So Brave, Young and Handsome (Leif Enger) – 4 STARS – While I’m not sure Enger can ever write anything as memorable as Peace Like a River again, this was a well-constructed and lovely novel, full of significant thoughts and questions and yet wholly a story about fugitives from justice and authors and family and the bitter sweetness of the world.
The Thirty-Nine Steps (John Buchan) – 3 STARS – While there’s nothing especially remarkable about this detective story, it’s a good, satisfying read.
Ever Wonder Why? And Other Controversial Essays (Thomas Sowell) – 3 STARS – This collection of Thomas Sowell’s columns is insightful but nevertheless a bit of a disappointment after the brilliance of The Vision of the Anointed. Sowell sticks to classic conservative premises which he reuses over and over again in these short essays. While they would make good articles in a magazine or newspaper, they don’t read well in the format of a book, leaving the reader feeling that they are getting recycled material. What’s more, the brevity of the pieces leaves them many of them dangling as though they have not been thoroughly pondered. I would certainly recommend The Vision of the Anointed as a better pick for anyone interested in reading Sowell’s works.
Your God Is Too Safe (Mark Buchanan) – 5 STARS – Buchanan offers a stirring and wrenching, honest but eloquent call to meet God in the holy wild. You need to read this book.
The Hawk and the Dove Trilogy (Penelope Wilcox) – 4 STARS – I am divided in my mind about this book. It’s a trilogy bound in one volume, dealing with the stories of 14th century Benedictine monks. While I felt that the first two books were poorly written and childish and didn’t enjoy them at all, the third book, The Long Fall, was an entirely different matter. Dealing with the friendship between Brother Thomas and the enigmatic and proud Father Peregrine, suddenly incapacitated by illness, this book leaves no holds barred and is altogether heartbreaking. I don’t know when any book has made me cry so much. So, while I can’t recommend the first two books, I can urge you to read The Long Fall and ponder the love of Christ until it remakes you.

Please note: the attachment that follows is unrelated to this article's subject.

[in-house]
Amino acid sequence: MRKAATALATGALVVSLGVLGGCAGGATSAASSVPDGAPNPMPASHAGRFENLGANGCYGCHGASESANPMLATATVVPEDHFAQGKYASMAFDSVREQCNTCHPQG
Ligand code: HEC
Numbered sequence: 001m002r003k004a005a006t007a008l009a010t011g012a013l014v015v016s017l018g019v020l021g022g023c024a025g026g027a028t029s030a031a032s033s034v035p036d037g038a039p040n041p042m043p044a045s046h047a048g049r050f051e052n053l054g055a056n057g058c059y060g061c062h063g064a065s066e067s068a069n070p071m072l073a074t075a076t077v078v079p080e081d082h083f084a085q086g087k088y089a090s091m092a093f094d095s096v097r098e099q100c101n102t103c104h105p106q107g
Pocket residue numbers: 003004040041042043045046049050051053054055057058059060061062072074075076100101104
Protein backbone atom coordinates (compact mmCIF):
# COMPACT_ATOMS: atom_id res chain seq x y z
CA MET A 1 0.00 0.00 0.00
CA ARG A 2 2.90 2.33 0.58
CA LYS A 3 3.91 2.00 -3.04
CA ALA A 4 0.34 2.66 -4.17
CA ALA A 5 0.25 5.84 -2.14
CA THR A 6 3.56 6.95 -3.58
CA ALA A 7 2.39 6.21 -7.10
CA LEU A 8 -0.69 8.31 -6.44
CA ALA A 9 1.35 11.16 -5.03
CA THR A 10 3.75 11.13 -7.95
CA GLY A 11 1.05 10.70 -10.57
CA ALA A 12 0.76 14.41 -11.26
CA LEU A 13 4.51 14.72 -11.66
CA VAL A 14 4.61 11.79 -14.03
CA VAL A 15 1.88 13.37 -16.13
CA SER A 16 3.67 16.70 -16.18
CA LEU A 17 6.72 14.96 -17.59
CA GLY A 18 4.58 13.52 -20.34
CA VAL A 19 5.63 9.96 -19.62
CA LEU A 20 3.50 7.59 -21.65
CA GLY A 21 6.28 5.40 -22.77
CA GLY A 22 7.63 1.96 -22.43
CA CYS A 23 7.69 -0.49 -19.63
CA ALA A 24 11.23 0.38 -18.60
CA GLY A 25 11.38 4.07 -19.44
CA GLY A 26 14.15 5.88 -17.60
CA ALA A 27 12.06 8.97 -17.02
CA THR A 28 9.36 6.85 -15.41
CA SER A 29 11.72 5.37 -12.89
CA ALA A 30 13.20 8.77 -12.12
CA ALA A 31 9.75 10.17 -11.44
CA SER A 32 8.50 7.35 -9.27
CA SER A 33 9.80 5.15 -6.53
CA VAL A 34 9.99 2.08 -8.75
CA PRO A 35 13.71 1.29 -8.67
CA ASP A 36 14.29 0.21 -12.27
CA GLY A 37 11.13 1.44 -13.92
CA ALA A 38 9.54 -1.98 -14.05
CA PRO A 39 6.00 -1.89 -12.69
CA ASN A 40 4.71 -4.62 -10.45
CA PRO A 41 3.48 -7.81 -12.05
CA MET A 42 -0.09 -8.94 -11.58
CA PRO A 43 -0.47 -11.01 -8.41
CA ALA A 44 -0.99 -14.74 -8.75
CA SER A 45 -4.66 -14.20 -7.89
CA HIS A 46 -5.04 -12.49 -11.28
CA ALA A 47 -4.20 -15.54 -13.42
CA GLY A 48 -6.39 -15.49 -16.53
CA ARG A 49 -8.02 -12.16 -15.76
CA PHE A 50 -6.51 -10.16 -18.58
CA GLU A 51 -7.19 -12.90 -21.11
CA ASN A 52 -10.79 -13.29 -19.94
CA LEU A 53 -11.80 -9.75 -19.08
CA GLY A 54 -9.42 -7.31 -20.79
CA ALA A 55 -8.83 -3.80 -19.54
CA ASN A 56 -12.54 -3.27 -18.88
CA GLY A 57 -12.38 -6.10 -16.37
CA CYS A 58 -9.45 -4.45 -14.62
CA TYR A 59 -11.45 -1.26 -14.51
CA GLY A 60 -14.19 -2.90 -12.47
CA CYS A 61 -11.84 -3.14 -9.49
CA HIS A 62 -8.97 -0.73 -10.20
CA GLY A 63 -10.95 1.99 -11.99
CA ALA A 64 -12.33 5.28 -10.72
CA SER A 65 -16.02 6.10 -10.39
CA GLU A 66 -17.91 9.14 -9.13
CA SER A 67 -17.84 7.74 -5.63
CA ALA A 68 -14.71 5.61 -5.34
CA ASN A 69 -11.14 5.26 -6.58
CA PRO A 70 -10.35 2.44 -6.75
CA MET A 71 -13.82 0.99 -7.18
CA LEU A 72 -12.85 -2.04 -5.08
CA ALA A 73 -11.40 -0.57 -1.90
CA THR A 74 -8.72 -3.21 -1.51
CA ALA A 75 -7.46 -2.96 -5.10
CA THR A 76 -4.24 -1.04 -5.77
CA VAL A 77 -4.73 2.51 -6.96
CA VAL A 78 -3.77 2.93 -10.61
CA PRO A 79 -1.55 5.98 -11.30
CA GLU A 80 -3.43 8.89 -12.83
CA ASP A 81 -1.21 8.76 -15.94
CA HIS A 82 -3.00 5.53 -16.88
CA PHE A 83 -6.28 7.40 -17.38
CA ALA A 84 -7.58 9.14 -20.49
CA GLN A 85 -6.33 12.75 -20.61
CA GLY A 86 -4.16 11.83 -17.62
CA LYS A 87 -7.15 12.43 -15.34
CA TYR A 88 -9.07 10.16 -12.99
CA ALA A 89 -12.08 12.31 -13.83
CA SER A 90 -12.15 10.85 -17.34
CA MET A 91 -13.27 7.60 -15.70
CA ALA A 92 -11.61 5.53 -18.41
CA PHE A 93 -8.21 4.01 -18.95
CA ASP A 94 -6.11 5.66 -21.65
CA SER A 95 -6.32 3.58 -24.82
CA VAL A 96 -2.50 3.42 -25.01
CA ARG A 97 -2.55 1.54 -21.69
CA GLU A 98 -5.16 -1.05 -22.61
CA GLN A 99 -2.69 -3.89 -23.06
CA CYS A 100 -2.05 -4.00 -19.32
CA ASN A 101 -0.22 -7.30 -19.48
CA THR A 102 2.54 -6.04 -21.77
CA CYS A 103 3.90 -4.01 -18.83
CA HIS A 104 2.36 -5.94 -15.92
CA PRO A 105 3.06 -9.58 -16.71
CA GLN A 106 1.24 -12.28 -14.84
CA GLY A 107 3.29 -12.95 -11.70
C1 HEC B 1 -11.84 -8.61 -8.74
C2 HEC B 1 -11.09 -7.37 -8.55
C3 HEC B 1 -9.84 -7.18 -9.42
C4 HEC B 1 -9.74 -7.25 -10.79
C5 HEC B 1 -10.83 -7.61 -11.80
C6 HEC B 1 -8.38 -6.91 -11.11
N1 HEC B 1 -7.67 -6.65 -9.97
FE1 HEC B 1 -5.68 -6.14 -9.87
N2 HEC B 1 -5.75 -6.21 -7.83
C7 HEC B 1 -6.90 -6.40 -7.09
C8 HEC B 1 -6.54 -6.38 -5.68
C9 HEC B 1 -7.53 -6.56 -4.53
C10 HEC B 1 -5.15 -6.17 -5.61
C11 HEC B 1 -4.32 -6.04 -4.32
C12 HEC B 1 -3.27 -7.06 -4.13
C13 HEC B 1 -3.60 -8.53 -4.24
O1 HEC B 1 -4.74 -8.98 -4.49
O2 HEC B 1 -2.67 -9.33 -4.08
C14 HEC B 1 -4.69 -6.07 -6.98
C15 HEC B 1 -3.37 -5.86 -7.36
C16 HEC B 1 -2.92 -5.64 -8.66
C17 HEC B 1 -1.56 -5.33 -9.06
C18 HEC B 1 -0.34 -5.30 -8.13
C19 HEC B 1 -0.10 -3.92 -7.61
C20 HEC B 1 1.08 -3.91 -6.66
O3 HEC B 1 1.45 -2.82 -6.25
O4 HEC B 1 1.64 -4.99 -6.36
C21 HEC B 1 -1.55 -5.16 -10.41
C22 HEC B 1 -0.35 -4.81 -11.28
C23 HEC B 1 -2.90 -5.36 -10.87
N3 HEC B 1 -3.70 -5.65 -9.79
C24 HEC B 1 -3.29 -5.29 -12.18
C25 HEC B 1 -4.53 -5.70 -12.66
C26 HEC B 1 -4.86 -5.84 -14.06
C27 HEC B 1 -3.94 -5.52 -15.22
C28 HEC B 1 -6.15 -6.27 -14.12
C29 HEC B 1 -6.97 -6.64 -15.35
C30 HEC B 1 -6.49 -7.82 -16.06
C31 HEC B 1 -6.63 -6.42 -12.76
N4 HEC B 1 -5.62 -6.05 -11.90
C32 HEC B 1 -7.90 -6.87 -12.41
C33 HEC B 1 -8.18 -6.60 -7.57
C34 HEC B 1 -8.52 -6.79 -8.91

Hannah Coulter (Wendell Berry) – 5 STARS – I read this on Sarah Clarkson’s glowing recommendation and was not disappointed. Having never read anything at all by Wendell Berry, I had no idea what to expect, and was certainly blown out of the water by his elegant and singing prose. Hannah Coulter explores in beautiful language the vast questions of land and war and children and marriage and memory. It is the voice of the past speaking into the reckless ears of the present day, offering like jewels the wisdom that our age has already chosen to disregard.
The Complete Stories of Flannery O’Connor – 4 STARS – While I ended up getting ahead of Jonathan Rogers’ Summer Reading Club and finished the O’Connor stories a few weeks early, I really enjoyed the discussions we were able to have and the input that other readers offered into the gritty and baffling writing of Flannery O’Connor. Some of the stories were as plain as day to me, and others I didn’t understand at all, but overall I appreciated this woman’s staggering insight into the human condition and the nature of depravity. Her clearest and most insistently communicated message is that the road to redemption leads right through the place of nauseated self-loathing. In my mind, she ranks with William Golding as a champion of the doctrine of original sin, and her message is needed urgently in an society that seeks to reduce evil altogether to a mere matter of mental disorder or diversity. I plan to write about my favorite O’Connor story in the near future.
Current Reading List
Collected Fictions (Jorge Luis Borges)
The Island of the World (Michael O’Brien)
A Patriot’s History of the United States (Larry Schweikart and Michael Allen)
Defiant Joy: The Remarkable Life and Impact of G.K. Chesterton (Kevin Belmonte)
The Landlady’s Master (George MacDonald, edited by Michael Phillips)
Collected Poems (W.H. Auden)
Letters To Malcolm, Chiefly on Prayer (C.S. Lewis)